For any Diamond enquiries not covered in these Guidance Notes, the Silvermouse Diamond User Guide or any guidance notes provided by individual broadcasters, please contact
diamond@creativediversitynetwork.com

The UK TV industry has embraced the business case for a diverse workforce and diverse audiences. TV needs diversity at its very core, not as a box-ticking exercise, but as part of a strategy to reflect a society that embraces both difference and equality.

Our industry’s lifeblood is new talent: talent produces new ideas, new ideas produce new commissions, and new commissions build companies. We must continue to seek innovative ways to find and secure new talent from different backgrounds to keep our industry relevant and exciting.

Research has shown that organisations that invest in promoting equality, diversity and inclusion have improved employee productivity, and are more effective at recruiting and retaining the best candidates. Diamond isn’t just about gathering statistics: it’s about generating a cultural change in how we monitor and reflect diversity across broadcasting. Promoting diversity involves looking beyond the established networks of colleagues and talent with whom you have existing relationships.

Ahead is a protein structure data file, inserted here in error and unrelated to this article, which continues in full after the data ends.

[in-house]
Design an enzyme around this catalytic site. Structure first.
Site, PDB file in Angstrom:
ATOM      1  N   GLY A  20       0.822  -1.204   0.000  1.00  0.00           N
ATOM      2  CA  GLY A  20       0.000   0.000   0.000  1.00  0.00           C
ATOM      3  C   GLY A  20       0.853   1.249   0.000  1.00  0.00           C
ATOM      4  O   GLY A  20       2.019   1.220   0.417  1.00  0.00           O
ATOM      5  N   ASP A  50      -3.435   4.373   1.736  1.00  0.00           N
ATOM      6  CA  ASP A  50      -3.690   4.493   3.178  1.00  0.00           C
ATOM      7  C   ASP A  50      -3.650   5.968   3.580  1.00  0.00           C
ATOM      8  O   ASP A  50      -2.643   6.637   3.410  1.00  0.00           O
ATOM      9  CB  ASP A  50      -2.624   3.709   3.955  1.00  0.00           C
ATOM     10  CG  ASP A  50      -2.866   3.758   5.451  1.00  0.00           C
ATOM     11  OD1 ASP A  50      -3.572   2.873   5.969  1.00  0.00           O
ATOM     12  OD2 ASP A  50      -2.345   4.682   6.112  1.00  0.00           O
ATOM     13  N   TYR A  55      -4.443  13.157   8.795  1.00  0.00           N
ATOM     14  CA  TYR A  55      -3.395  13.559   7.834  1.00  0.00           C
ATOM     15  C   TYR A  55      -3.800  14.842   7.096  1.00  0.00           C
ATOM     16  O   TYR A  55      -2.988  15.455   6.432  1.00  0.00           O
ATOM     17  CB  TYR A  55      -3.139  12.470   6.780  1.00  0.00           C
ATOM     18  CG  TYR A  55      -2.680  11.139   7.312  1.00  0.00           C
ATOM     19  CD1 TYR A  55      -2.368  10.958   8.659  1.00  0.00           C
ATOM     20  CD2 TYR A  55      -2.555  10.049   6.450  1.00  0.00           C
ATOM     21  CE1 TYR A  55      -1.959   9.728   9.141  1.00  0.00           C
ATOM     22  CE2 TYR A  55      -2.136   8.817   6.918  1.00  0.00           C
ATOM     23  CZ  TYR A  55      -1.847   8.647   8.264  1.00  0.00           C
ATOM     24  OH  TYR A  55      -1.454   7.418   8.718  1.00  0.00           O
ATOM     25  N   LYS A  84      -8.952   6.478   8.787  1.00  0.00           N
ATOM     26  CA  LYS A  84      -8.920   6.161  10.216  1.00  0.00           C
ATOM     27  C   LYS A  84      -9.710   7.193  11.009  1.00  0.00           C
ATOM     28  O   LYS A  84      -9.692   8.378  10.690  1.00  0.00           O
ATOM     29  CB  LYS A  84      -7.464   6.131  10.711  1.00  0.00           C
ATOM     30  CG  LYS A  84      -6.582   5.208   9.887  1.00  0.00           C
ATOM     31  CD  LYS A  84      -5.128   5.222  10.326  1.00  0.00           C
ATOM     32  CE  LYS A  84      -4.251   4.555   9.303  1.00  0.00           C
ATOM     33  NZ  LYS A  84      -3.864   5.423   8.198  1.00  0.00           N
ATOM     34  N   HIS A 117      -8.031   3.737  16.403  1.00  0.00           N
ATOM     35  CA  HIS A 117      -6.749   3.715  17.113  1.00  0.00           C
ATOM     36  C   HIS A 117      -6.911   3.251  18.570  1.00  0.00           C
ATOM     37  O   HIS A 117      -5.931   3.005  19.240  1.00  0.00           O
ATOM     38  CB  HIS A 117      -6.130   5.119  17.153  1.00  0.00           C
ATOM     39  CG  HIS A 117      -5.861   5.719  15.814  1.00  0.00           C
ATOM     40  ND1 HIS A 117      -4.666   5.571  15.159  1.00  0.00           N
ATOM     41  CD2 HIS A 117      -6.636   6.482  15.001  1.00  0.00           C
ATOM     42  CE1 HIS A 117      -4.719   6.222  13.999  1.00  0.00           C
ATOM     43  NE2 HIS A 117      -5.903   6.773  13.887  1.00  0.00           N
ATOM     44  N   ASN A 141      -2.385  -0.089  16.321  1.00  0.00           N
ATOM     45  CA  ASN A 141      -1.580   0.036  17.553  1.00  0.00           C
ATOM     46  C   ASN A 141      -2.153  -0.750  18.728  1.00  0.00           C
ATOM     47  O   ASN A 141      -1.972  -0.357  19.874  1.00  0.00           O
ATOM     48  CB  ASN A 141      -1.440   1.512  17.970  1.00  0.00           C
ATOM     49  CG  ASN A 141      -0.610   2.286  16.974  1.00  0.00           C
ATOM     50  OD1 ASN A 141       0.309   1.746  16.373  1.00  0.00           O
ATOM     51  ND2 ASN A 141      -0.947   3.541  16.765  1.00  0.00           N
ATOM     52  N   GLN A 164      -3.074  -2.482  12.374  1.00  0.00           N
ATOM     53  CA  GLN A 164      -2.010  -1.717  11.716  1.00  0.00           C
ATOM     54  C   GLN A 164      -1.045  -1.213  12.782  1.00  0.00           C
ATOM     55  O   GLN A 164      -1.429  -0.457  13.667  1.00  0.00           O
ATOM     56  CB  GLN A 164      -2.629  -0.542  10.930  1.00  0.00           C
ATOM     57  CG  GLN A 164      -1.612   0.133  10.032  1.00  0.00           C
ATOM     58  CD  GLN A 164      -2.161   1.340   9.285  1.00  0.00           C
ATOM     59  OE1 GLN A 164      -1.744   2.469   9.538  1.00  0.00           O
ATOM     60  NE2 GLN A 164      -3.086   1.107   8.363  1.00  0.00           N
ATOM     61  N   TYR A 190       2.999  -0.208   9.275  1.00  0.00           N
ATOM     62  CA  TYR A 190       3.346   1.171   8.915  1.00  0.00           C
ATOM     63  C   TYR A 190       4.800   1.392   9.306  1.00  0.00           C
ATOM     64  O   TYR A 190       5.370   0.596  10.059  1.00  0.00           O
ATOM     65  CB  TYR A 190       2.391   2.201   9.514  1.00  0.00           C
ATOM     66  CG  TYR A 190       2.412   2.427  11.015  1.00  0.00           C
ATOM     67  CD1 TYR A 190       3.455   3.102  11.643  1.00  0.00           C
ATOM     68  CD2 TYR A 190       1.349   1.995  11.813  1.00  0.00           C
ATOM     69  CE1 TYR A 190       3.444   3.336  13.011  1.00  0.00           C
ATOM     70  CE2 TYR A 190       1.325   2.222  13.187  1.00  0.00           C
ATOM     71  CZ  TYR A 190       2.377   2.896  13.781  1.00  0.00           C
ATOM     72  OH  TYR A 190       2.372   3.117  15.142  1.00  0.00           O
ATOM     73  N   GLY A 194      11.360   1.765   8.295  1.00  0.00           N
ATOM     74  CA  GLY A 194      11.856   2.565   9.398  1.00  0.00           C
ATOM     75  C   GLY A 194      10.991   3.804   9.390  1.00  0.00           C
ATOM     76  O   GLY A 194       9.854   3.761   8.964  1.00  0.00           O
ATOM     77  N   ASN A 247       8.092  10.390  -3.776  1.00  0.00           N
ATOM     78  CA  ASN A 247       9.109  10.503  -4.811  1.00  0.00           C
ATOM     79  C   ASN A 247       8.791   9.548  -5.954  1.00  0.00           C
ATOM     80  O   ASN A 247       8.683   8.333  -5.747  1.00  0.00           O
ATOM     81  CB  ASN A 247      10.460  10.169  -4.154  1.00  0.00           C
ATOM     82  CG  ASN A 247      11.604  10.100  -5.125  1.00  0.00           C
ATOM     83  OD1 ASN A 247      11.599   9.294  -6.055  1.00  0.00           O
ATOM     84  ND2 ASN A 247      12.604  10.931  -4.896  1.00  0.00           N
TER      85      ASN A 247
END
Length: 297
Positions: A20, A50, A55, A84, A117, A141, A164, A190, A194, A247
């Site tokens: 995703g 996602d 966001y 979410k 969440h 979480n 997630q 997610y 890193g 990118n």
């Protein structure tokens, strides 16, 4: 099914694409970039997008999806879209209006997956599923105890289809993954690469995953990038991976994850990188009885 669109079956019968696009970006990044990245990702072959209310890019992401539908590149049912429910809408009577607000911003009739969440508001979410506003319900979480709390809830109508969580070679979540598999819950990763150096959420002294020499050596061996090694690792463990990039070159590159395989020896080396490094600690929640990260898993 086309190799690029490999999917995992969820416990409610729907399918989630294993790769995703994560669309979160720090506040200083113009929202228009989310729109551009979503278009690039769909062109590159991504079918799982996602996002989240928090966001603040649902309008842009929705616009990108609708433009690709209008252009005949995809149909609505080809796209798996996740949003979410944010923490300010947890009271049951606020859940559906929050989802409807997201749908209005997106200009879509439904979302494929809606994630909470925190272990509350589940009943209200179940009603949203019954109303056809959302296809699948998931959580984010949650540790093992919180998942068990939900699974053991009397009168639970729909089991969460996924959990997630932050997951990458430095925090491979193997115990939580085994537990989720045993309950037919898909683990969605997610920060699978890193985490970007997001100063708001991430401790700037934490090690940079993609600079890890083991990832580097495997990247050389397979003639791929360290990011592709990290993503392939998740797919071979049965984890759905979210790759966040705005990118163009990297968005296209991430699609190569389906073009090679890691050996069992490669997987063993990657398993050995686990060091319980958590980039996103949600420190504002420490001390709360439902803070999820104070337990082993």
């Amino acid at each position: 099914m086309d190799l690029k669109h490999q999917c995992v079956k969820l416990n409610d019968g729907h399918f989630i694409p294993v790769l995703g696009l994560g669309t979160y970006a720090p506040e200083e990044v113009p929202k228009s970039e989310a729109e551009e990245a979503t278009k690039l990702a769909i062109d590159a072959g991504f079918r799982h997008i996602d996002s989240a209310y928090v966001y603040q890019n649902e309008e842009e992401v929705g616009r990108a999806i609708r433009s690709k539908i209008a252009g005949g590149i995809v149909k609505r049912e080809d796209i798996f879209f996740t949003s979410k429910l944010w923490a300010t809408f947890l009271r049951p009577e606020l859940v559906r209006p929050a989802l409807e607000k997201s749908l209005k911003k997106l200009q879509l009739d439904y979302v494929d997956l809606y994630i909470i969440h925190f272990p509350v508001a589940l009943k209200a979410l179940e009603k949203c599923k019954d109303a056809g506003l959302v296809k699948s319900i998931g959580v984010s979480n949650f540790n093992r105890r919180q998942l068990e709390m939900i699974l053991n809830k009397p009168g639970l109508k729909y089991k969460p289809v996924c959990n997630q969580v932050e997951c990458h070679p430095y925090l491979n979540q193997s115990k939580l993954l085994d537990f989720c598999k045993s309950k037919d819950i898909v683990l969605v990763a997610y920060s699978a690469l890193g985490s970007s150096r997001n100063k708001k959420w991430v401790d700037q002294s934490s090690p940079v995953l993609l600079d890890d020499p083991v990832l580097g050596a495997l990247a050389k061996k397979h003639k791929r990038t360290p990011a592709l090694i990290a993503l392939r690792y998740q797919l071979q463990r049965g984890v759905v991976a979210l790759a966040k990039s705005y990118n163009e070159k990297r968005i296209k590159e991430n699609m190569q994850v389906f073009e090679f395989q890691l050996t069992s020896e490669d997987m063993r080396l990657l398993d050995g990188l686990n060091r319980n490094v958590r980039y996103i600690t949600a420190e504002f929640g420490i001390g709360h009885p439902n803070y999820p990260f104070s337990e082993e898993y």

This helps to attract programme-making talent that may otherwise be “locked-out” of the industry, while more diverse talent on-screen helps to attract audiences from across different segments of society. This in turn makes organisations more competitive and can help them to win contracts and funding. Economic studies show that diverse organisations outperform their sectors in terms of both revenue and growth.